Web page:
Heavy Metals in Sediments of the Upper Hawkesbury-Nepean River
Abstract:There is little published information on heavy metals in surficial sediments of the upper Hawkesbury-Nepean River in central New South Wales, Australia. In the current investigation, the fine fraction (<62.5 µm) of 90 sediment samples taken from this section of the river was analysed by flame-Atomic Absorption Spectroscopy for nine heavy metals (Ag, Cd, Pb, Zn, Cu Co, Fe, Ni and Mn) to determine background and enrichment.
Sediment in the upper Hawkesbury-Nepean River is not heavily polluted by heavy metals. Maximum enrichment over background for Ni and Ag, Cd, Pb, Zn, Cu and Mn is 3x, 5.7x, 6x, 6.7x, 12x and 13.6x, respectively. Mean heavy metal concentrations for this, the upper section of the river, are about half the mean values for the Hawkesbury River between Windsor and Broken Bay in the lower, estuarine section of the river.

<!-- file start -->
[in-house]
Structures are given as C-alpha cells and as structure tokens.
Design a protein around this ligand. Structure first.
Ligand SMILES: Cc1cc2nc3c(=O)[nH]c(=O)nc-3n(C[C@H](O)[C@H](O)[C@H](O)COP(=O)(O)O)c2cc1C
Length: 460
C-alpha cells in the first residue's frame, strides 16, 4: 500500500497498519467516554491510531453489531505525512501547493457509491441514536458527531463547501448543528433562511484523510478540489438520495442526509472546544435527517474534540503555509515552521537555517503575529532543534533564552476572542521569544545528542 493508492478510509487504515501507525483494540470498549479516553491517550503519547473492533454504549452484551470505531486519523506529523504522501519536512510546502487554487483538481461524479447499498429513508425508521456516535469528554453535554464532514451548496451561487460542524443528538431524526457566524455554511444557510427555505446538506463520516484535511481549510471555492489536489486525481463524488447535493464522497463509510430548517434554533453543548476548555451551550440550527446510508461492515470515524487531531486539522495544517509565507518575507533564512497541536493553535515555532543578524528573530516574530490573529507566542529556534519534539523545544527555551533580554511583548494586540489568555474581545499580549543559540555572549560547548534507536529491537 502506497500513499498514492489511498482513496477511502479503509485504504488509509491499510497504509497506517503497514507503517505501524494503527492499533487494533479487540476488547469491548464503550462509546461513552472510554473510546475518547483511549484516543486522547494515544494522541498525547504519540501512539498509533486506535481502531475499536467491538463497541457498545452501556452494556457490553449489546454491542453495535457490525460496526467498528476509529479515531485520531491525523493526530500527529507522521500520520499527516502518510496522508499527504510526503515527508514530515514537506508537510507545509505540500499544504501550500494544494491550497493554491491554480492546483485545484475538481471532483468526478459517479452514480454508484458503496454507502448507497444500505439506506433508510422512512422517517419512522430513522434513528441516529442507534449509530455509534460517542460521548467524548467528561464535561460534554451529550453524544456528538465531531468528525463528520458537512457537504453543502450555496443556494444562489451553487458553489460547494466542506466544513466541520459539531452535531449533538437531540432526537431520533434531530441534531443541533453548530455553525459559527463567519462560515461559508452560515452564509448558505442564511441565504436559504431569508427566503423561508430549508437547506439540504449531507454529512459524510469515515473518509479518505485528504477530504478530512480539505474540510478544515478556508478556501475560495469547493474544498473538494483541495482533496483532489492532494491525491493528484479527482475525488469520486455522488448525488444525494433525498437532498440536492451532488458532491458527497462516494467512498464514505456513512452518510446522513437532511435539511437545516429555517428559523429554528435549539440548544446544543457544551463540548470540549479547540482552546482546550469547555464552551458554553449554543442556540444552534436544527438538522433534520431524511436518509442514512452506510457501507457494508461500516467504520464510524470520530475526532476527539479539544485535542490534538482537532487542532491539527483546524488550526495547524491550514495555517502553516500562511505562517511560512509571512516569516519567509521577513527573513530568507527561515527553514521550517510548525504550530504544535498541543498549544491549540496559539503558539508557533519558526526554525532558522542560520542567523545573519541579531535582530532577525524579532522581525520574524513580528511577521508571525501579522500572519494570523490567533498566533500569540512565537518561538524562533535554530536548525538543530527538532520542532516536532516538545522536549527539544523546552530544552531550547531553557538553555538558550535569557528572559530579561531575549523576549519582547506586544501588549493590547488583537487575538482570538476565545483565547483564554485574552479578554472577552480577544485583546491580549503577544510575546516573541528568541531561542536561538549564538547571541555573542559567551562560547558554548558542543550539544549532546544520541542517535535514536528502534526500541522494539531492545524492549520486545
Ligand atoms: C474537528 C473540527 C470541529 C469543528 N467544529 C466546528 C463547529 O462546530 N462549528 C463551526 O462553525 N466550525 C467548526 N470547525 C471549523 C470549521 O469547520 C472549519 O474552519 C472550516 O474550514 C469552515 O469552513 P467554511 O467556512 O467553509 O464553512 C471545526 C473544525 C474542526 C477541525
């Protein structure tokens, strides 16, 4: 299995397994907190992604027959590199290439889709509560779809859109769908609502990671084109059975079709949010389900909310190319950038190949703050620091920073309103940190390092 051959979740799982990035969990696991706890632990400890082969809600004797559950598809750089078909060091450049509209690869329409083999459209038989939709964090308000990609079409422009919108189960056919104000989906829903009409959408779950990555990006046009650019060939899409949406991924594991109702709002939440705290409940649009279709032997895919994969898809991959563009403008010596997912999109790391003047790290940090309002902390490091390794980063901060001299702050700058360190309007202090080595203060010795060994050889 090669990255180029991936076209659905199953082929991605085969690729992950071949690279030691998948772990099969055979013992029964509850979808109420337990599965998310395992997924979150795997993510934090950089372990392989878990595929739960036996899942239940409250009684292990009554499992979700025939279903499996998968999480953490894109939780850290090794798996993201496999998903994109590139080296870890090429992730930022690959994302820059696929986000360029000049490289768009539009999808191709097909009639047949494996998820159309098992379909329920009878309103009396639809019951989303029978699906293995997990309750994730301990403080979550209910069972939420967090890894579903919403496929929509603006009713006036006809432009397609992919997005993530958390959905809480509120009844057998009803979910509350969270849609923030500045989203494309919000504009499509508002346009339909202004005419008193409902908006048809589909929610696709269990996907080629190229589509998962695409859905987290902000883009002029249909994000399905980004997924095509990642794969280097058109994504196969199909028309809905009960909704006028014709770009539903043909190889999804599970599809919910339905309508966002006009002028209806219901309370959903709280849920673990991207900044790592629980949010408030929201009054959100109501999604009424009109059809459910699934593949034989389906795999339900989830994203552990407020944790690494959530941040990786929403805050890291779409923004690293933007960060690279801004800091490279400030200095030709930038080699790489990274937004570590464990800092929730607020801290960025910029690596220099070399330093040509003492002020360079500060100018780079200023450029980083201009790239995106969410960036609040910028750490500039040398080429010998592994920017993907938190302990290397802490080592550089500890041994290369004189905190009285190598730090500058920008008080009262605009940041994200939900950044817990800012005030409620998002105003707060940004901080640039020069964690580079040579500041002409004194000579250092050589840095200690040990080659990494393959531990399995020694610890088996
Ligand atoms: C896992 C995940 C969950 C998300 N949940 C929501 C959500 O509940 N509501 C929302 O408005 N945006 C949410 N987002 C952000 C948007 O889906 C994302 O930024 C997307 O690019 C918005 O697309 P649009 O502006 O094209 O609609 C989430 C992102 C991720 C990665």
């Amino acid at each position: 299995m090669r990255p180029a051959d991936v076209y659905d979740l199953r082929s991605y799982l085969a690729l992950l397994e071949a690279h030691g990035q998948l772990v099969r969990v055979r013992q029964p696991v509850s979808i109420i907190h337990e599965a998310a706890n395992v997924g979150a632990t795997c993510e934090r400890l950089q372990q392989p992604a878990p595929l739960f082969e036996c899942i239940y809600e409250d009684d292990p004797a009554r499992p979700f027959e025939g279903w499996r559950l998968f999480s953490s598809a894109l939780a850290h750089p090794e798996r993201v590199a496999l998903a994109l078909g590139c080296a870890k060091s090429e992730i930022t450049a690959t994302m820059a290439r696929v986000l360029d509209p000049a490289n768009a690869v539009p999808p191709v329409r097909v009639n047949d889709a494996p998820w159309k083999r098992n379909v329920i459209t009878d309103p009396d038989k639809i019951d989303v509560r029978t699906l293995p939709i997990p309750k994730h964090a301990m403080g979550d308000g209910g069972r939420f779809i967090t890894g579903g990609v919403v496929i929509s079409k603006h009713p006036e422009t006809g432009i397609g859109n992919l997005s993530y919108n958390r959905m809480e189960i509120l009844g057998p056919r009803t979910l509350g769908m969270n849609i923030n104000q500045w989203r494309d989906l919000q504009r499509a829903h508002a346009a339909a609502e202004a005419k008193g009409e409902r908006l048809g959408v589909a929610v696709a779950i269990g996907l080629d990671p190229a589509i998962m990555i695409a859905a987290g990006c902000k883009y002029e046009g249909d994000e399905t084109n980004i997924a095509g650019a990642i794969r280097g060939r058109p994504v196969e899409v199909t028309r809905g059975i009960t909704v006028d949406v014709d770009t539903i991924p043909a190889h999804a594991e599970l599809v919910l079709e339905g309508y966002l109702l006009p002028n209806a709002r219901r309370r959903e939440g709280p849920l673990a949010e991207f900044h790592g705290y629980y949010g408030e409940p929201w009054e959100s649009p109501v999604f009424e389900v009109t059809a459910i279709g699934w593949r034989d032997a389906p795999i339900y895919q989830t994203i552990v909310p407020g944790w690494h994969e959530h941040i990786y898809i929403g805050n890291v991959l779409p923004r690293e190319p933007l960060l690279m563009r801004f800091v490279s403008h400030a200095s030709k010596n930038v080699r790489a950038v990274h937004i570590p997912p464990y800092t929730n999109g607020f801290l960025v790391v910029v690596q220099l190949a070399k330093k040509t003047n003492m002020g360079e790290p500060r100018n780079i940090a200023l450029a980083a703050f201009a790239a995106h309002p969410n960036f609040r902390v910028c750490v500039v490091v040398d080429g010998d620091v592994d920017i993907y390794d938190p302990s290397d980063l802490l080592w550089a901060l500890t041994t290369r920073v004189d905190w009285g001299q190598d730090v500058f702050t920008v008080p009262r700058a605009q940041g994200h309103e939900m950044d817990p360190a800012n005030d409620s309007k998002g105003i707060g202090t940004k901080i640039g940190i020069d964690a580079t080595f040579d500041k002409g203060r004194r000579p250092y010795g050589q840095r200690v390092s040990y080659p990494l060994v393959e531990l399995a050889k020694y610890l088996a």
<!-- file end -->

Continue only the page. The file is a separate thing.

The highest Cu, Pb and Zn concentrations (214, 108 and 334 mg kg−1, respectively) occur in surficial sediments in Peachtree Creek at Penrith and the Nepean River near Jacksons Lane, Castlereagh. These metal concentrations are possibly associated with industrial activity at Penrith. Two of the six sewage treatment plants on the upper Hawkesbury-Nepean River are associated with high metal concentrations (Cu, Zn, Fe and Mn) in sediments, that is, the West Camden and Penrith sewage treatment plants. Other possible sources of heavy metals are coal mining and washing which occurs at several places in the upper catchment.
The highest Cd, Co and Fe concentrations (1.7, 27.6 mg kg−1 and 4.81%, respectively) were found in sediments 400 m downstream of the Nepean Dam and the highest concentrations of Ni and Mn (54 and 790 mg kg−1, respectively) were located in sediment from the Nepean River at Moresby Hill Road Bridge, near Robertson and at the Avon Dam Road Bridge. The source of these metals is unknown.